• LexisNexis Primary Sources in US History (to be renamed ProQuest Primary Sources in US History)
  • Congressional Hearings Digital Collection
  • Congressional Record Permanent Digital Collection
  • Congressional Research Digital Collection
  • US Serial Set Digital Collection
  • US Serial Set Maps Collection
  • All CIS microform and print products
  • All statistical microform and print products
  • All UPA microform collections

LexisNexis is retaining these academic-oriented products:

  • LexisNexis Academic
  • LexisNexis Library Express
  • LexisNexis Scholastic
  • LexisNexis State Capital
  • LexisNexis for Development Professionals

For More Information

LexisNexis Academic FAQ on the acquisition: http://wiki.lexisnexis.com/academic/index.php?title=Academic

Letter to customers from ProQuest CEO Marty Kahn: http://www.proquest.com/go/CISUPAinfo


Barbie E. Keiser is an information resources management consultant located in the metropolitan Washington, D.C., area.

Email Barbie E. Keiser

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11/22/2010All-New ProQuest Platform Goes Live—In France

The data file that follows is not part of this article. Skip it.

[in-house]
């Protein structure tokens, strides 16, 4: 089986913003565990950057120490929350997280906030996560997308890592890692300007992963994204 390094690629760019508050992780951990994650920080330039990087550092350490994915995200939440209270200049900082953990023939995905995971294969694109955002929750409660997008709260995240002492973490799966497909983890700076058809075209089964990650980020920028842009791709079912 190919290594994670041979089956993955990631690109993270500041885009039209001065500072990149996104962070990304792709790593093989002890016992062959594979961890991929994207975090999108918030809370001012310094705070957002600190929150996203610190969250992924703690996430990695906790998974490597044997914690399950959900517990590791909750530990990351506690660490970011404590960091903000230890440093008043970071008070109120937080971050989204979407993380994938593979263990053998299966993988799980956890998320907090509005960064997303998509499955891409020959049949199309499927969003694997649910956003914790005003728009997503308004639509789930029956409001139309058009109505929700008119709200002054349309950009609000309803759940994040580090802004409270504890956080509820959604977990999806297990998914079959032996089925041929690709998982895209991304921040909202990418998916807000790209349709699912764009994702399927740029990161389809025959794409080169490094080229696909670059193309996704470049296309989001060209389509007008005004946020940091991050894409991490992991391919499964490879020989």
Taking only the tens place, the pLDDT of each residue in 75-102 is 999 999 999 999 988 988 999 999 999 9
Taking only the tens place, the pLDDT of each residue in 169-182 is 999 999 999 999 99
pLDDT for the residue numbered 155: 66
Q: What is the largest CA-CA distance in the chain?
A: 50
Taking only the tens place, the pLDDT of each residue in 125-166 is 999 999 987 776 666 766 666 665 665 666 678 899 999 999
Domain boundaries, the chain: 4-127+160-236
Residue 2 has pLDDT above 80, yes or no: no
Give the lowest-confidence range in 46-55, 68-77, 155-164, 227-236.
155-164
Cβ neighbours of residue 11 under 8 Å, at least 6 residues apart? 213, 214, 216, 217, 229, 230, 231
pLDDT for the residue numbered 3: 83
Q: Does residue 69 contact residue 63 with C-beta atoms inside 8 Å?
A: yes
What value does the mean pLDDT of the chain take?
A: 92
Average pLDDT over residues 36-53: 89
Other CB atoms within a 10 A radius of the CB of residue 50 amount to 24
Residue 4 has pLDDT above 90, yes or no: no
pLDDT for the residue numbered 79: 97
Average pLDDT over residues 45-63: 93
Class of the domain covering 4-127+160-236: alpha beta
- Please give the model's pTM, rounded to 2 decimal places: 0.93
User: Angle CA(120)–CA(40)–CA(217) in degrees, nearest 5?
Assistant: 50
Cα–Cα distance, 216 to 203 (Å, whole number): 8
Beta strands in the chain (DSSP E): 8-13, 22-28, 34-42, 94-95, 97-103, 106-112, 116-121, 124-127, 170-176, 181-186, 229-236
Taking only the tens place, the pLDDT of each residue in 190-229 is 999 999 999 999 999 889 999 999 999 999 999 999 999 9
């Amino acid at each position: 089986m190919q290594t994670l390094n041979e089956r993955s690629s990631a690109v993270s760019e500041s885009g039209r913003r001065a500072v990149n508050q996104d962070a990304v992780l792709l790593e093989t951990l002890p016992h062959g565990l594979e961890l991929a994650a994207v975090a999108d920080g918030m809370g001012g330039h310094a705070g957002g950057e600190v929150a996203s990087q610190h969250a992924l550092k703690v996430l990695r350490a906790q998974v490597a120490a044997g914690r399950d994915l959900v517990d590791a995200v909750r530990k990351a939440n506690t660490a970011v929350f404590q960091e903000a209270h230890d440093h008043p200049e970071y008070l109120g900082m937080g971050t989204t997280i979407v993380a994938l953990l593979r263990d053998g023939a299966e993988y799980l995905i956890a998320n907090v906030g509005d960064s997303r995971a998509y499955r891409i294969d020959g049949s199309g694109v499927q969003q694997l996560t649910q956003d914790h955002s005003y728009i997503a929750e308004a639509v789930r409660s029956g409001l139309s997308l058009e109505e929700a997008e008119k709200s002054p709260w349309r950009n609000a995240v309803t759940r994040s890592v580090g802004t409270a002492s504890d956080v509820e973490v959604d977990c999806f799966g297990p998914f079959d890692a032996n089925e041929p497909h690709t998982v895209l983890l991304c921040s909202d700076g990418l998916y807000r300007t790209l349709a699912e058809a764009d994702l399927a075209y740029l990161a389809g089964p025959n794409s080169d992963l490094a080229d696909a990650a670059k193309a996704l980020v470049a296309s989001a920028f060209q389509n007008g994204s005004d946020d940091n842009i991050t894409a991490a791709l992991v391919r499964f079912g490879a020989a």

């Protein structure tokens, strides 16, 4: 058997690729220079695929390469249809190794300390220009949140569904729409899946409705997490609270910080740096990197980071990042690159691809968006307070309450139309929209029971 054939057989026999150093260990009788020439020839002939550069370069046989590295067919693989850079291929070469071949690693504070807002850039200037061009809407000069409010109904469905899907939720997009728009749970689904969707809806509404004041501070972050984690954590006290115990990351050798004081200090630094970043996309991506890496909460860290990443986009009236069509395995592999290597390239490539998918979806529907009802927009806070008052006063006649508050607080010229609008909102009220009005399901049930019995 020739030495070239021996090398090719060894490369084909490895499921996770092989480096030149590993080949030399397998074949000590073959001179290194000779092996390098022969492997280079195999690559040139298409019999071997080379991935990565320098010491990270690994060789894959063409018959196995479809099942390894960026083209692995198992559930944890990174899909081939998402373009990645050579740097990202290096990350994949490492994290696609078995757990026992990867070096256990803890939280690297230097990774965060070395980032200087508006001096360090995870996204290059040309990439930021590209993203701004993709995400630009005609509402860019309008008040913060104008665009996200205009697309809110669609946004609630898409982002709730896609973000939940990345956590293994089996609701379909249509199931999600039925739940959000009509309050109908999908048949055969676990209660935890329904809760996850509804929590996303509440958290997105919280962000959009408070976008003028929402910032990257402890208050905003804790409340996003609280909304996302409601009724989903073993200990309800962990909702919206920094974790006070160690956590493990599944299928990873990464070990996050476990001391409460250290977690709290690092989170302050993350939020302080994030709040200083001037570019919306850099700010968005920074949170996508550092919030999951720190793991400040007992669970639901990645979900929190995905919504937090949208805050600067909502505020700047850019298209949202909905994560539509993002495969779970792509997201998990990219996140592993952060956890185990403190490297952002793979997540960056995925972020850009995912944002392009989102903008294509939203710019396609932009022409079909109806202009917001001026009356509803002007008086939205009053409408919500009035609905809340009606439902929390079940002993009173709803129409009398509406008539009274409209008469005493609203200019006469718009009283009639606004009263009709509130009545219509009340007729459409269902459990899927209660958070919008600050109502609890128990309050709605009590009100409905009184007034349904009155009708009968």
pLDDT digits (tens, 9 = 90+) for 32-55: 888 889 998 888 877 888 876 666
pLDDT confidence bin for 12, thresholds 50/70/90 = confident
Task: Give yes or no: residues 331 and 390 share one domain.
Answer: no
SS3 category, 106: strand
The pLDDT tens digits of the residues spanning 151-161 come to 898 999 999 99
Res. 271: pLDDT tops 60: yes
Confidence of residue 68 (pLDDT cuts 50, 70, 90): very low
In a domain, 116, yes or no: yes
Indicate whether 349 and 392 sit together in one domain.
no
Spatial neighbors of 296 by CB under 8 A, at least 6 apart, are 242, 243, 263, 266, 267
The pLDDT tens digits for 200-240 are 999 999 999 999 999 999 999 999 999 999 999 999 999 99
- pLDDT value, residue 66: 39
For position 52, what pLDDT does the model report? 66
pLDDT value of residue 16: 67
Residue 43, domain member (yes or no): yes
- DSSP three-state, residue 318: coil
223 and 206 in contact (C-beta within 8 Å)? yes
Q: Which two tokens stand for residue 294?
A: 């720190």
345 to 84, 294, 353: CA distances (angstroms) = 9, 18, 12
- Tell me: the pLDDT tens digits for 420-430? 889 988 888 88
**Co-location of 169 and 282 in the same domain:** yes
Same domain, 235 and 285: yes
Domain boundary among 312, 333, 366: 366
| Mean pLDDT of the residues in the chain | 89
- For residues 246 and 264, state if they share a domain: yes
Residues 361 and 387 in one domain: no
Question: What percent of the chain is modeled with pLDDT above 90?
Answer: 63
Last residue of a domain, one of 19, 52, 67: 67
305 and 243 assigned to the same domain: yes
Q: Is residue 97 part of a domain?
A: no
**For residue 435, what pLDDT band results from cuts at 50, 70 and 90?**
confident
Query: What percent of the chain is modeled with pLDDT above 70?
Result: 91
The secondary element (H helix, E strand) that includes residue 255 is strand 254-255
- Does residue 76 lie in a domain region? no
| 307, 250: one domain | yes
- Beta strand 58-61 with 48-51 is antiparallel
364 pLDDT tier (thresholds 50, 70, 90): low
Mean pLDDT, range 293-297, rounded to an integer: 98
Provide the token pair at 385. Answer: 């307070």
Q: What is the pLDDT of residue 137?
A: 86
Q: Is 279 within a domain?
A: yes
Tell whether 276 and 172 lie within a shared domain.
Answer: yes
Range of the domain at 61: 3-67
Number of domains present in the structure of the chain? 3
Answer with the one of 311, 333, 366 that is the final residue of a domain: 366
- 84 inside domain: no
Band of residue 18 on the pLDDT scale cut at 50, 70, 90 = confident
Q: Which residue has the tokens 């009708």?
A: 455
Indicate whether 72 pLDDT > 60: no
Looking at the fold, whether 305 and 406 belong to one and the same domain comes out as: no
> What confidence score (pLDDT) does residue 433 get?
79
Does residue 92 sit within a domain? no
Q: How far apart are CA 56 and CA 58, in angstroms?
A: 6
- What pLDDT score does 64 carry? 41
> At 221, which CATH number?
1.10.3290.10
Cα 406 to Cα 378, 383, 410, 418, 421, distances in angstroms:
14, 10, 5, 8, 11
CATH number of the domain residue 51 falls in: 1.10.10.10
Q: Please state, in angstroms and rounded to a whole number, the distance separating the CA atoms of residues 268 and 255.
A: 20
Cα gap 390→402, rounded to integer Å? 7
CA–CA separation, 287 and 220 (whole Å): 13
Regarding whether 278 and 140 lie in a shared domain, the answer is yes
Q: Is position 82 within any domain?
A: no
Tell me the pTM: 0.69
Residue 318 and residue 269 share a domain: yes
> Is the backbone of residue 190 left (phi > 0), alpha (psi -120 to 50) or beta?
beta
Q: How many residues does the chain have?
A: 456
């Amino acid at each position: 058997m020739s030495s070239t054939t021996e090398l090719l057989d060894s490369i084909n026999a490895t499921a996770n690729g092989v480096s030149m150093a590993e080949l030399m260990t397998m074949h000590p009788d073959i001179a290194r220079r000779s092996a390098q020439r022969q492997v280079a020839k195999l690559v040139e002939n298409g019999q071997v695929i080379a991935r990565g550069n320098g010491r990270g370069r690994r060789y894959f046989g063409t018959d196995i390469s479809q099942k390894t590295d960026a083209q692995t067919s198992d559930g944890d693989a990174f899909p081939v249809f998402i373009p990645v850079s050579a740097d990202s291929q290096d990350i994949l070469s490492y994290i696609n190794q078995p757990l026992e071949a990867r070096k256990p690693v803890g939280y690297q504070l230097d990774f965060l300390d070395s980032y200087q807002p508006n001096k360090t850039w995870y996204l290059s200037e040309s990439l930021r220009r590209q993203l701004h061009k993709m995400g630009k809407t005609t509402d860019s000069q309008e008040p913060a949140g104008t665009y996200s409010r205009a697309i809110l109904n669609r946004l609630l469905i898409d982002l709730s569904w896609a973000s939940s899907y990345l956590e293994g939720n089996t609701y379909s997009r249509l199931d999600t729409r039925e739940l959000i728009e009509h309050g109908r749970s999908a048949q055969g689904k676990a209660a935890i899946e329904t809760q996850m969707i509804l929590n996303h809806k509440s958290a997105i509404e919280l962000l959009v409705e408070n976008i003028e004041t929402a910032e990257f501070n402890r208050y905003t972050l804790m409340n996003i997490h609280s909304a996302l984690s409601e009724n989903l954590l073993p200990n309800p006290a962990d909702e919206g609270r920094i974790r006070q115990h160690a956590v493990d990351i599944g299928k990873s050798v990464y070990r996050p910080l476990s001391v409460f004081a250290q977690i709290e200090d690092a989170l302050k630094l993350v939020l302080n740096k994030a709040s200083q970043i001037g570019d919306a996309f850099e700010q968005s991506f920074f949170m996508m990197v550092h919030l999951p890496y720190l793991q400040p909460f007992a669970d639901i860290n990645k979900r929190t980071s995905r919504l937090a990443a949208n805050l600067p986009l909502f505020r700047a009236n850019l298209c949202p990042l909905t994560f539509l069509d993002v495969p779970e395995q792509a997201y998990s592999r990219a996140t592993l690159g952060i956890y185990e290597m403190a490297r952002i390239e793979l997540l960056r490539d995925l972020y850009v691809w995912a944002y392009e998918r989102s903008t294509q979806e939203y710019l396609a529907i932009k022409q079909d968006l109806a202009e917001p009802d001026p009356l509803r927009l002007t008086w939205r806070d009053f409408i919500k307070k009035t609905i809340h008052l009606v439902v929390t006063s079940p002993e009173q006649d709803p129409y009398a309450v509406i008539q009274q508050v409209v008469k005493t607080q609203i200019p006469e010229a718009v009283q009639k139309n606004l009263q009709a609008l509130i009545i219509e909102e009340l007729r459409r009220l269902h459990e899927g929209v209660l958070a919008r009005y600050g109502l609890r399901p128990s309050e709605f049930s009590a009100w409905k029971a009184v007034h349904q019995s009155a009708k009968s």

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12/17/2012Statistical Abstract of the United States Gets a New Publisher
1/28/2013New ProQuest Congressional Service Unveiled


Comments Add A Comment
Posted By John Doe12/9/2010 3:18:24 PM

In addition, to enclose, with the closing of the St. Mary's manufacturing plant approximately 50 people will be laid-off in the early upcoming 2011 year. Merry Christmas!
Posted By Info Today Reader12/6/2010 11:58:19 AM

Will they be laying off anyone from LexisNexis that was acquired?

******************************************************************
Official response from ProQuest's Rod Gauvin:

While no material changes are planned for CIS/UPA sales, marketing, editorial, and content alliances teams, ProQuest intends to leverage its newly constructed Ypsilanti, Michigan manufacturing facility (opened in January 2010) to manufacture microfilm products from the newly acquired business.  This state-of-the-art, 40,000 sq. ft facility has excess capacity.  As a result and though it's not an easy decision, we will likely exit the St. Mary’s microfilm manufacturing facility sometime in late 2011.  ProQuest will be adding to staff in Michigan. 

Separately, last week, ProQuest announced the appointment of 9 full-time positions upgraded from temp status in the CIS/UPA editorial unit based in the Bethesda, Maryland facility.